In the past, the CH (continuum hypothesis) has been unsolvable, but this paper shows a new method, using Ispace and Tspace, for tackling the unsolvable problems. There is a process for dealing with these types of problems, even if they cannot be solved.
   If those of the Big 3 are not concerned with relating to the real world, such as those who are involved in highly advanced theoretical mathematics, then it's not necessary for them to differentiate between Ispace and Tspace; however, if the philosophers, scientists, and mathematicians are concerned with discoveries that will lead to new inventions, for example, an antigravity motor, then during, or even before the research has started, those of the Big 3 should determine whether the research is taking place in Ispace or Tspace. And the goal should eventually be to move the research or the solutions into Tspace. Sometimes it might be best to start in Tspace by studying all the inventions made that relate to the new project, and then move into the theoretical research in Ispace.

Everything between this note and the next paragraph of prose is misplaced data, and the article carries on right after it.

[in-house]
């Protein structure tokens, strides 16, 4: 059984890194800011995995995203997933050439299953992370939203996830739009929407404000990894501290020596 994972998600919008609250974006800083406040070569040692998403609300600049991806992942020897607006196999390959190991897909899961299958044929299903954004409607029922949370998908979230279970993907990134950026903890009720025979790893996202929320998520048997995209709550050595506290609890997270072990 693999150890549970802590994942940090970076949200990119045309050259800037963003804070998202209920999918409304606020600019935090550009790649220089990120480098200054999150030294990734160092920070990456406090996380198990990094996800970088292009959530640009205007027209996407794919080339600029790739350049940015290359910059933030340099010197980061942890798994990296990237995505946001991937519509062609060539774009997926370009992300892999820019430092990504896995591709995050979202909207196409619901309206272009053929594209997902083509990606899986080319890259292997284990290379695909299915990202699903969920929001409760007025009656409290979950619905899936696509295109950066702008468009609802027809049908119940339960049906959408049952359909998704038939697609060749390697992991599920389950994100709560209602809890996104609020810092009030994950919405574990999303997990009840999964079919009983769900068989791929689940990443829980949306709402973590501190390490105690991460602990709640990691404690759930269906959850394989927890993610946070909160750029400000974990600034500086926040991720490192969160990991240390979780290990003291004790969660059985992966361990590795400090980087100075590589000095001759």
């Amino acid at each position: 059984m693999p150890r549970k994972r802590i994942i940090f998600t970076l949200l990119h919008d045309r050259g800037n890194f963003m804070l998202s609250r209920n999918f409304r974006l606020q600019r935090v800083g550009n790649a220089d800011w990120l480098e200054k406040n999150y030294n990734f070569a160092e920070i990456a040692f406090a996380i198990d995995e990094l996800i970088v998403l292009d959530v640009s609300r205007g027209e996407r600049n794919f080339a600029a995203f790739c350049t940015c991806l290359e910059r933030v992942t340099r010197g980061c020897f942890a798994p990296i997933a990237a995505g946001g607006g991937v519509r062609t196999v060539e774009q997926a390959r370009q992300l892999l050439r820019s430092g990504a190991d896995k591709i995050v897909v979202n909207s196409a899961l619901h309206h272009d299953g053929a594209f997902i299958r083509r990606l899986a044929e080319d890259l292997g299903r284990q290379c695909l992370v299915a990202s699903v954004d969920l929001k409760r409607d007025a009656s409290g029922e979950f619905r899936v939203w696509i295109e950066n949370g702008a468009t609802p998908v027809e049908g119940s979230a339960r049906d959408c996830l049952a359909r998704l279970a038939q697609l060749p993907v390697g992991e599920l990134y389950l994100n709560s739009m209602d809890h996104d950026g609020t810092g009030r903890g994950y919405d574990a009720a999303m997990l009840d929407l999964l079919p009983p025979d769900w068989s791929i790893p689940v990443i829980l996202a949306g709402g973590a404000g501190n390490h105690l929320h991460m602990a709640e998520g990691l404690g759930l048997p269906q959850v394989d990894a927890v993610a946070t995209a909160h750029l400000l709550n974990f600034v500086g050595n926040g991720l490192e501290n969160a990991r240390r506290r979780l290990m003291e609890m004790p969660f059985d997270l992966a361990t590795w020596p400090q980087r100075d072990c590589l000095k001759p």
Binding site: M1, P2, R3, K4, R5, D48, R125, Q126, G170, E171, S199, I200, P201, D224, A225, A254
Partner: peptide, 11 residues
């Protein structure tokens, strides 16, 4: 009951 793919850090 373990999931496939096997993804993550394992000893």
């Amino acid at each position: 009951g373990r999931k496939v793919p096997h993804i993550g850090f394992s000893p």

Along this line of thinking, what are some of the more important questions in the realm of mathematics? What are some of the more important questions in mathematical research, or the ideas gained from the research, or from particular concepts? It's whether or not mathematical ideas can be brought from Ispace through mathematical modeling and become useful in the real world. If the idea(s) are forever false, should the mathematician continue to research the idea(s)?
    The reason this is brought up is because ideas in math can only be of use for the general population of humankind if they can translate to Tspace, and more specifically to technology. And it is with this as a guide that this essay will tackle Cantor's Continuum Hypothesis (CH), Cantor's theorem, Cantor's paradox, and Russell's paradox.

Numbers, Including Infinity

   In Nature, numbers do not exist. Nature continues to perform its functions on material objects in Tspace as Earth moves in a continuous motion through space; and numbers are not a part of it. However, numbers do become a part of reality when they are associated with material objects.

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